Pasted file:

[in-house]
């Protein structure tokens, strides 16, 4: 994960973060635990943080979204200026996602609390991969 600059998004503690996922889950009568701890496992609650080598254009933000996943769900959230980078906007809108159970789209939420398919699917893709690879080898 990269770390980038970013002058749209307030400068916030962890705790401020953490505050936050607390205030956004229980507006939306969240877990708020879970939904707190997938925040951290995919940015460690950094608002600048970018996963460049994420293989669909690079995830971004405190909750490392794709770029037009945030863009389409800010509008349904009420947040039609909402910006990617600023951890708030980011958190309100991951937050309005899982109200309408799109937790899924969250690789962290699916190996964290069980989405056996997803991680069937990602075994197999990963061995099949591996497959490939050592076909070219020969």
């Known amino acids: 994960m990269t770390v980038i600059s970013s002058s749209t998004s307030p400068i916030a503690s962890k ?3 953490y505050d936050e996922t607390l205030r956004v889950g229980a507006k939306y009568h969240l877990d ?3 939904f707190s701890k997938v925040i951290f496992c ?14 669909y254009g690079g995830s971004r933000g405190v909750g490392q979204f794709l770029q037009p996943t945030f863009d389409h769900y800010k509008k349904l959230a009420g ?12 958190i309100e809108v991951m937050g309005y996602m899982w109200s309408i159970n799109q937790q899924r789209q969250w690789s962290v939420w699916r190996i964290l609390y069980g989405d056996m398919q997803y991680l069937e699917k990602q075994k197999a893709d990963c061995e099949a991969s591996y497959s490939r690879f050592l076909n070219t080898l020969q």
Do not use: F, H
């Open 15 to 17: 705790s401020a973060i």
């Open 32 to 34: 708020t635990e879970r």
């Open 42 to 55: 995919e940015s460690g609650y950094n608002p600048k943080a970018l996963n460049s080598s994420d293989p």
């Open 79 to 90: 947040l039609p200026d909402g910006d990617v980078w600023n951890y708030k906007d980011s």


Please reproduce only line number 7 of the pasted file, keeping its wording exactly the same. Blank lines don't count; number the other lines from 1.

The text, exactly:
């Open 42 to 55: 995919e940015s460690g609650y950094n608002p600048k943080a970018l996963n460049s080598s994420d293989p």